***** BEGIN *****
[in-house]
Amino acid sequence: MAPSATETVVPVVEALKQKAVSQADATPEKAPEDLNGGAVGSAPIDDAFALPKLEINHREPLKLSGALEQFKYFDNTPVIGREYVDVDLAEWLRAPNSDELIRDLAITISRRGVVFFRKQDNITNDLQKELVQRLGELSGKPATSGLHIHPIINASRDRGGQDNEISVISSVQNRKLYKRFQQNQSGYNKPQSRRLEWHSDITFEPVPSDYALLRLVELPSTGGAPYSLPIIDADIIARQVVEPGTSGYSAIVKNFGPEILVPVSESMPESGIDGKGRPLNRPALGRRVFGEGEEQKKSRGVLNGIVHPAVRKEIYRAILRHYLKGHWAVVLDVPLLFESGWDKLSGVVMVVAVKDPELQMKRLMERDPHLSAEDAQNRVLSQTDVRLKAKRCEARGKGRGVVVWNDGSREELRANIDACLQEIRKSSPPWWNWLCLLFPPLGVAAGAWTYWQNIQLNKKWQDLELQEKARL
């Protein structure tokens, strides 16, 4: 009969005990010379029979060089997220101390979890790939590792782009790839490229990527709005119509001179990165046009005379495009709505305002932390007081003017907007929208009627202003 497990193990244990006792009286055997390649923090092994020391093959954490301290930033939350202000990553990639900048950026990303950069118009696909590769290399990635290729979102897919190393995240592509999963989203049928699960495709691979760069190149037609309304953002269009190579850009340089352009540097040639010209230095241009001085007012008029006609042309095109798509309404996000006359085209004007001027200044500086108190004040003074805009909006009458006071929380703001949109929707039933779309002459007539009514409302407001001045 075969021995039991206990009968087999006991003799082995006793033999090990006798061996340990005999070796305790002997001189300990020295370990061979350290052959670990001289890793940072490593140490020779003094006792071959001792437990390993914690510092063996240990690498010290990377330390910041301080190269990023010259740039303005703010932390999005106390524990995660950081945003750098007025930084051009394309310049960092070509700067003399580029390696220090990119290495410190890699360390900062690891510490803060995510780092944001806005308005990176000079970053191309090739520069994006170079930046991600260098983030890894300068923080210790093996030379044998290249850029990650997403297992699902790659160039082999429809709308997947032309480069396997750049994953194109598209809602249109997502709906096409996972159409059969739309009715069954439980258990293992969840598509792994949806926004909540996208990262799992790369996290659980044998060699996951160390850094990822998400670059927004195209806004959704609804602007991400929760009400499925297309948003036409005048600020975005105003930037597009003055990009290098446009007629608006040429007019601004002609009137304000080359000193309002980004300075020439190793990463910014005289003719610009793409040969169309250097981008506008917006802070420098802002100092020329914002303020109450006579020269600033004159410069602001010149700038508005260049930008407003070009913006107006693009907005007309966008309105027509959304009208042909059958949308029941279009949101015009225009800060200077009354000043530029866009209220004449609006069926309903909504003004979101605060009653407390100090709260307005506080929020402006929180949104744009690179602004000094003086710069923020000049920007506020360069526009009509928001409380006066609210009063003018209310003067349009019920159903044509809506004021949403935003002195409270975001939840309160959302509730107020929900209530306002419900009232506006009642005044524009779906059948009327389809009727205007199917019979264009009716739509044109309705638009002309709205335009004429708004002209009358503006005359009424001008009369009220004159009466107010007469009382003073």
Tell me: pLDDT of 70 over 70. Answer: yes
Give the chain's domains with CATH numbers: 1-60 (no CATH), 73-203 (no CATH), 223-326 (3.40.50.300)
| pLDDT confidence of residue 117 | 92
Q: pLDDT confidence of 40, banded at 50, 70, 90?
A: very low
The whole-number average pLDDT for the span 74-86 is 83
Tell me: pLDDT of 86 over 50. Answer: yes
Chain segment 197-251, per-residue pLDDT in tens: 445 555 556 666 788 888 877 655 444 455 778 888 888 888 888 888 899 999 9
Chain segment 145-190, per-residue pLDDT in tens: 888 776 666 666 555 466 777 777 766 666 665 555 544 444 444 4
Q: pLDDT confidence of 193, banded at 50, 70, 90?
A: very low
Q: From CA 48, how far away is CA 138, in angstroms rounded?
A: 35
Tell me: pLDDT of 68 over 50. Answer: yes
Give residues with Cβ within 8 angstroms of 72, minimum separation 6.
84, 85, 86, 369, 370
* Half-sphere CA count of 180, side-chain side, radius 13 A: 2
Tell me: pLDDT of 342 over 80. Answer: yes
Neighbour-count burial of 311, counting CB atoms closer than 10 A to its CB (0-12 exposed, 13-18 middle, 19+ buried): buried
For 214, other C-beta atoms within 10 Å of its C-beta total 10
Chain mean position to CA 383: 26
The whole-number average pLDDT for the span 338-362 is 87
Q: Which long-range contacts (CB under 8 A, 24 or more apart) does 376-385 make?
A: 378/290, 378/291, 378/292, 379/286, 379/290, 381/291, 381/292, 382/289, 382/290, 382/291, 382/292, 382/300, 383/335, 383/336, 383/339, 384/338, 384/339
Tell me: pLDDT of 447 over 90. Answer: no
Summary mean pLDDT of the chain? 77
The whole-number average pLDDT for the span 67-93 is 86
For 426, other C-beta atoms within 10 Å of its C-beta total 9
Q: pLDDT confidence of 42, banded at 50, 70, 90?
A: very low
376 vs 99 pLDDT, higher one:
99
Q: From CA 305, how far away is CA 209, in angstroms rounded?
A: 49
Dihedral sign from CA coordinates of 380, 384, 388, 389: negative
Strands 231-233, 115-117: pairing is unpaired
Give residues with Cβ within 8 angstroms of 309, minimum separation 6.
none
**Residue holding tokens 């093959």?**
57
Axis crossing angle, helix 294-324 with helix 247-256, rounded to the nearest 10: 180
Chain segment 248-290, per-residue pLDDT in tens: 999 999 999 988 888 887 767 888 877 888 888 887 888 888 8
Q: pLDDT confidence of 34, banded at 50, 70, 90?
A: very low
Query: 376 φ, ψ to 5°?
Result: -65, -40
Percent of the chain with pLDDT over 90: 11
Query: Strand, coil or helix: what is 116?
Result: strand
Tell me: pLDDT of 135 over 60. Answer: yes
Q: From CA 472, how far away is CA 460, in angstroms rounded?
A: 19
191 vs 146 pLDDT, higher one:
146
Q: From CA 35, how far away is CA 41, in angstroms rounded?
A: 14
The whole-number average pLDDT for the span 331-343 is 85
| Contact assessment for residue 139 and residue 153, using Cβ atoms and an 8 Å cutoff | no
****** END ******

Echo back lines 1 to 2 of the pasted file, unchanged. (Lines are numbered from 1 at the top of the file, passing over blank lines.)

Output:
[in-house]
Amino acid sequence: MAPSATETVVPVVEALKQKAVSQADATPEKAPEDLNGGAVGSAPIDDAFALPKLEINHREPLKLSGALEQFKYFDNTPVIGREYVDVDLAEWLRAPNSDELIRDLAITISRRGVVFFRKQDNITNDLQKELVQRLGELSGKPATSGLHIHPIINASRDRGGQDNEISVISSVQNRKLYKRFQQNQSGYNKPQSRRLEWHSDITFEPVPSDYALLRLVELPSTGGAPYSLPIIDADIIARQVVEPGTSGYSAIVKNFGPEILVPVSESMPESGIDGKGRPLNRPALGRRVFGEGEEQKKSRGVLNGIVHPAVRKEIYRAILRHYLKGHWAVVLDVPLLFESGWDKLSGVVMVVAVKDPELQMKRLMERDPHLSAEDAQNRVLSQTDVRLKAKRCEARGKGRGVVVWNDGSREELRANIDACLQEIRKSSPPWWNWLCLLFPPLGVAAGAWTYWQNIQLNKKWQDLELQEKARL